A few readers have asked how to convert Word documents created in the new Microsoft Open Office XML Format with the docx extension so they can read them on a Mac. The answer: awkwardly. Windows users have a converter they can download. The Microsoft Mac team promised something similar back in December and yet haven’t, as far as I can see, delivered. Into the gap have stepped some third party developers: Docx Converter will convert a Microsoft Office .docx file into a simple html file. (It strips out some of the formatting, but now supports bold, italic, and underlined text. Left, right, center, and justified
The free, open source Office suite, OpenOffice, is now officially into version 1.1, including enhancements such as “revolutionary” XML file format, one-click PDF (Adobe Acrobat) export and Macromedia Flash export for presentations and drawings, according to The Register. There is is enhanced MS Office file compatibility, accessibility support and a faster load times. Supported languages include English, German, French, Italian, Spanish, Chinese (simplified & traditional), Korean and Japanese. Of course, it’s available for Windows, Mac, Linux and Solaris.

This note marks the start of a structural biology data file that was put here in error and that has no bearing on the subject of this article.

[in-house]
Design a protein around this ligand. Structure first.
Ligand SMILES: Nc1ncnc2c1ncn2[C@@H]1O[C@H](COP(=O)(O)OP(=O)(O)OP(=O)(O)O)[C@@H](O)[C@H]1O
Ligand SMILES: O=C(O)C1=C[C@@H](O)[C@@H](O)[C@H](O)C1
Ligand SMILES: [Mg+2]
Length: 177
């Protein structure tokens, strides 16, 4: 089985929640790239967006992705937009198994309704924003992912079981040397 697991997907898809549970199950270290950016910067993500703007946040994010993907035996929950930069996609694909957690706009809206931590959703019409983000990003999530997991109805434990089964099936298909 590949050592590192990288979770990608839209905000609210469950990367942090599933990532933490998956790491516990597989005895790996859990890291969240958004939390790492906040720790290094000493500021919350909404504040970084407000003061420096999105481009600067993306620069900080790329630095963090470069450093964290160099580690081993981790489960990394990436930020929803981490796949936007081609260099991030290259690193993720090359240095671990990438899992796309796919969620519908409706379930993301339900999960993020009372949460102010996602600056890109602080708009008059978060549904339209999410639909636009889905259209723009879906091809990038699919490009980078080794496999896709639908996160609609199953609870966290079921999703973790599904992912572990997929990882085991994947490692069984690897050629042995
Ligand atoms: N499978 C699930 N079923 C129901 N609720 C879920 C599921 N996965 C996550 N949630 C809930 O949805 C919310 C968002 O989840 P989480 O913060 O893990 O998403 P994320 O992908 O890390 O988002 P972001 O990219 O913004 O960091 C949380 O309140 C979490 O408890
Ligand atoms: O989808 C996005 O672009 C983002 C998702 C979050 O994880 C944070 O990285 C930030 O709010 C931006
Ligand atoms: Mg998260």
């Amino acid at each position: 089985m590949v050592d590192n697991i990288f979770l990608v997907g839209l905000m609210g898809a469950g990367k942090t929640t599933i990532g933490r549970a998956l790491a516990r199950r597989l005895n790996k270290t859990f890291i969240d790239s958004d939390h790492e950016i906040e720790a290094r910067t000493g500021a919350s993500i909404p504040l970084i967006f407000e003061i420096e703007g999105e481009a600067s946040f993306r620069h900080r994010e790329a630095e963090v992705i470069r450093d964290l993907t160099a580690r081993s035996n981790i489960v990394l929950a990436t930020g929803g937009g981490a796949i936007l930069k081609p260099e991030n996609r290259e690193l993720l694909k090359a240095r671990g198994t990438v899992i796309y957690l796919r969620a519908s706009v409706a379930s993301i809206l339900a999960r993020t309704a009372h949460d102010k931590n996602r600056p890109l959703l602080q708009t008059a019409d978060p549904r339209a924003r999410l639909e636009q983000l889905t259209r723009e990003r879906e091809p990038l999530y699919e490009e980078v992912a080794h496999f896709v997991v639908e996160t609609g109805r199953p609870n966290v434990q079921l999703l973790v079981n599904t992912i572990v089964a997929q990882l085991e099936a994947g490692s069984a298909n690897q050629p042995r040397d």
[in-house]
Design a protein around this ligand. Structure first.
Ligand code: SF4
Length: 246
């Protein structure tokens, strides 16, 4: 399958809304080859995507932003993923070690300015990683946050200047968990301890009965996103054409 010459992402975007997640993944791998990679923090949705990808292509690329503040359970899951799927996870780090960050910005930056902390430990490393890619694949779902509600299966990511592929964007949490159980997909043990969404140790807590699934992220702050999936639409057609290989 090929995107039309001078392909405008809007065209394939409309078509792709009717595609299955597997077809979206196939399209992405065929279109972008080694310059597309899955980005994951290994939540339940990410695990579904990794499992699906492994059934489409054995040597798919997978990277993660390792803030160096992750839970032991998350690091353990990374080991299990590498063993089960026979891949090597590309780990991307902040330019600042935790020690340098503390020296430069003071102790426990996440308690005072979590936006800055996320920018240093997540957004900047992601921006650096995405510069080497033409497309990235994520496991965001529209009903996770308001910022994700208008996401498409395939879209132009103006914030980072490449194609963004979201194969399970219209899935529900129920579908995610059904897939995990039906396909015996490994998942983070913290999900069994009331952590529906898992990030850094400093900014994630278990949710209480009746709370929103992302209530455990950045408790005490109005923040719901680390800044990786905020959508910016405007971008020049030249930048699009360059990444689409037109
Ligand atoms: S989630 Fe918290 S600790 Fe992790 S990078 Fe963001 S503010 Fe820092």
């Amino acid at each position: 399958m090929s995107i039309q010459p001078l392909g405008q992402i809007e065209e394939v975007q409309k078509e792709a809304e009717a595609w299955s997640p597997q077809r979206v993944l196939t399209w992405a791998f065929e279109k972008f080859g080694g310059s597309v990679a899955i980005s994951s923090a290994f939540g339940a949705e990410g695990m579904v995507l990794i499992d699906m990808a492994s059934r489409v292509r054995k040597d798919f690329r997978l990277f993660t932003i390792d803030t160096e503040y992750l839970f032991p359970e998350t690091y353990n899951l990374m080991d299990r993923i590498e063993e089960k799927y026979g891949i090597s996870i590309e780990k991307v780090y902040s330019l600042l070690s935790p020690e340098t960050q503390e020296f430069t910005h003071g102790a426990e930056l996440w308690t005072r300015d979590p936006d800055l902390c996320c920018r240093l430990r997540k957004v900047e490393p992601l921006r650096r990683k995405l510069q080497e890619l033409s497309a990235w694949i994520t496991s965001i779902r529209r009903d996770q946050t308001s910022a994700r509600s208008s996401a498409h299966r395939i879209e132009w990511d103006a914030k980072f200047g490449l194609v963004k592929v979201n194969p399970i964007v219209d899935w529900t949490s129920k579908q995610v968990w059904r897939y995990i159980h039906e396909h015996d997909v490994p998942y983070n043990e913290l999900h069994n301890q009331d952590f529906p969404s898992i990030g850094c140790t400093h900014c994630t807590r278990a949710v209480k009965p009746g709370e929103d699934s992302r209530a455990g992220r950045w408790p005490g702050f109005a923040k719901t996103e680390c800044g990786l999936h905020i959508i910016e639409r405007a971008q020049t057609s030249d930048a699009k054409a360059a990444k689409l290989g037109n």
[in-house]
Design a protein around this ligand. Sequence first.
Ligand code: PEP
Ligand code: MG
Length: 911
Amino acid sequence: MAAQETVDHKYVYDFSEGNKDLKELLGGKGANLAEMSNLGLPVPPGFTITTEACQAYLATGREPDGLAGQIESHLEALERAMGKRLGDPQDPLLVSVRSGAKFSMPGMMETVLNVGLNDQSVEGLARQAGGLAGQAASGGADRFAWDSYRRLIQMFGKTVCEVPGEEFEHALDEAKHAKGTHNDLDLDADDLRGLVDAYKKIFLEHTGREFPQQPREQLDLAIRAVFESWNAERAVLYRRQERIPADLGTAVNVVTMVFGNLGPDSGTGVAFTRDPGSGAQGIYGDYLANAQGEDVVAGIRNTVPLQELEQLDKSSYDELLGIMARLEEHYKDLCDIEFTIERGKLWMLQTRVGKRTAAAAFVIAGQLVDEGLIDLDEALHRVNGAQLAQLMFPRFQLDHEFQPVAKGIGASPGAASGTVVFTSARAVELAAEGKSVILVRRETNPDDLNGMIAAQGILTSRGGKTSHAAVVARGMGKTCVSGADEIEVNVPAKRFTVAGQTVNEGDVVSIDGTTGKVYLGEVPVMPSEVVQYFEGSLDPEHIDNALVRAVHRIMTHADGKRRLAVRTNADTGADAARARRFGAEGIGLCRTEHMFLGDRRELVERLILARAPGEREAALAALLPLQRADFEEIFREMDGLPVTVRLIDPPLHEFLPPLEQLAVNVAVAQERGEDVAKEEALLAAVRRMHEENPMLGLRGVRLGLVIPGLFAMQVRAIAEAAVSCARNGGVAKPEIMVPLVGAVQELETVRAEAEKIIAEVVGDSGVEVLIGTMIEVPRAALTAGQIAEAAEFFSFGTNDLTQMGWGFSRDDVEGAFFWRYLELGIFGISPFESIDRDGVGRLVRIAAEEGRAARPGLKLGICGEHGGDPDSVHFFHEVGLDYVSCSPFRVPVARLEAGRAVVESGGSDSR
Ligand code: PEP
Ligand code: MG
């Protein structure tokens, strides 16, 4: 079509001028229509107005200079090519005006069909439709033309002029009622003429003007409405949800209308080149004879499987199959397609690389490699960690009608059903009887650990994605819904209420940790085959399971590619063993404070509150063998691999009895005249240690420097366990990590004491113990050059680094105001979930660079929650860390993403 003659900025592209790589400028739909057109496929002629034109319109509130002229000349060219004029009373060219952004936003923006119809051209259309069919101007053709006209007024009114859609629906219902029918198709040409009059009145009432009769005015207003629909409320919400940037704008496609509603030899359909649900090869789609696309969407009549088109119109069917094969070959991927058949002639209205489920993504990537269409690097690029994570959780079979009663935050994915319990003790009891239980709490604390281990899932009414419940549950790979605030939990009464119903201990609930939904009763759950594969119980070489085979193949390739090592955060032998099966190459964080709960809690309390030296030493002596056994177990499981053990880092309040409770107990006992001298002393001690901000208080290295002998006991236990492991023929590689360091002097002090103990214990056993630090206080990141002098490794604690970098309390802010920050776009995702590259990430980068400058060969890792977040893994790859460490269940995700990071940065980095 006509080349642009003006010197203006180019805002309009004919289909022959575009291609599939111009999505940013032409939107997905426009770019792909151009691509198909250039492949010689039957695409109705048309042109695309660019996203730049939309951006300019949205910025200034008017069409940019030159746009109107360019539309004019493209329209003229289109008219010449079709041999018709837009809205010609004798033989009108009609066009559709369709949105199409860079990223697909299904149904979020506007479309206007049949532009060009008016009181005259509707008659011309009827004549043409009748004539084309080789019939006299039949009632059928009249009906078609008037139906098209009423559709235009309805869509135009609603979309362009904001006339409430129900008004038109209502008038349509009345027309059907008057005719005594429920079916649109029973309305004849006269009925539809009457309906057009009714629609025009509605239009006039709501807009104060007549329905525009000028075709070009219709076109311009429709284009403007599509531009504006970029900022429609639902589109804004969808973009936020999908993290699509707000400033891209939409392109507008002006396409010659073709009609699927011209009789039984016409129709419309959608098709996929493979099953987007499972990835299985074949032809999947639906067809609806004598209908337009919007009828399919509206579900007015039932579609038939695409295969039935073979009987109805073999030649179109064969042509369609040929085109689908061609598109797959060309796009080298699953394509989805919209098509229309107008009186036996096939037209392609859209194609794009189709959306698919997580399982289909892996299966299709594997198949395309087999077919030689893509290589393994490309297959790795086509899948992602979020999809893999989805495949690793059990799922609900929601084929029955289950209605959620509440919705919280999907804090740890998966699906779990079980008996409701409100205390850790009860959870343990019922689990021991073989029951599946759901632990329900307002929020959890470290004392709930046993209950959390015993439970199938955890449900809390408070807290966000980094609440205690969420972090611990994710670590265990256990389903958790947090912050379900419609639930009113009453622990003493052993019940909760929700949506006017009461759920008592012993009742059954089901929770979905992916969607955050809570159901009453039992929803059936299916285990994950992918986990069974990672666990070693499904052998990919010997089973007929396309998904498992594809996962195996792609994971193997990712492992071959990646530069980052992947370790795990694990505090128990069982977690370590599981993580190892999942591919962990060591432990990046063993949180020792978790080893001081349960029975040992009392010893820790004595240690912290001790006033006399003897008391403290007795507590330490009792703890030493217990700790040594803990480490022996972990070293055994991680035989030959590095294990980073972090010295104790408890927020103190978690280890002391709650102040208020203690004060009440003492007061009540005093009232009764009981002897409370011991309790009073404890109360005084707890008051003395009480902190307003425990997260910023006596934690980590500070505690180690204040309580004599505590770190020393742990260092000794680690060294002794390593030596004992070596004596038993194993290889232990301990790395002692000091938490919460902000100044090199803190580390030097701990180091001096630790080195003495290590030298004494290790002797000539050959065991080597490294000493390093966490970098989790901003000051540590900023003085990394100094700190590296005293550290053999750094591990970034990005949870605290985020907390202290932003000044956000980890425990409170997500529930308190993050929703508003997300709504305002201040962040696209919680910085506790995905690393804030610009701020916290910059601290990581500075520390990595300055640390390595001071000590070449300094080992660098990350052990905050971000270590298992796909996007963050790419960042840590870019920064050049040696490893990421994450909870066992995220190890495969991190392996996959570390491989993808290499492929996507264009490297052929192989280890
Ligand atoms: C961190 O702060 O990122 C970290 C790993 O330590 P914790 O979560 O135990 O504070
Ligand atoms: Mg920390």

It’d be too much to suggest that Bill Gates reads my column, but Microsoft seem to be buying my idea (well not mine, really) that prices of their software should be geared to what local people can afford. IDG News Service’s Taipei Bureau reports that the US software company has cut the price of its Windows operating system and Office application suite in Thailand. Quoting a report released by market analyst Gartner Inc (it’s an Acrobat PDF file) Microsoft has reduced the cost of an Office and Windows package there for $40 and may do the same thing in China. The move seems to
OpenOffice, the free open source challenge to Microsoft Office, is in its last stage before general commercial release next month. It includes the usual — a word processor, a spreadsheet application — and can save in Office formats. This version can also export files in the portable document format (PDF) and in Macromedia’s Flash animation format. OpenOffice 1.1 also supports non-Latin character sets, and is available in 30 languages. Maybe now is the time to try it out. You can download the ‘release candidate’ version here. If money is a problem, it’s a great solution. Am I using it? Er, no. But that’s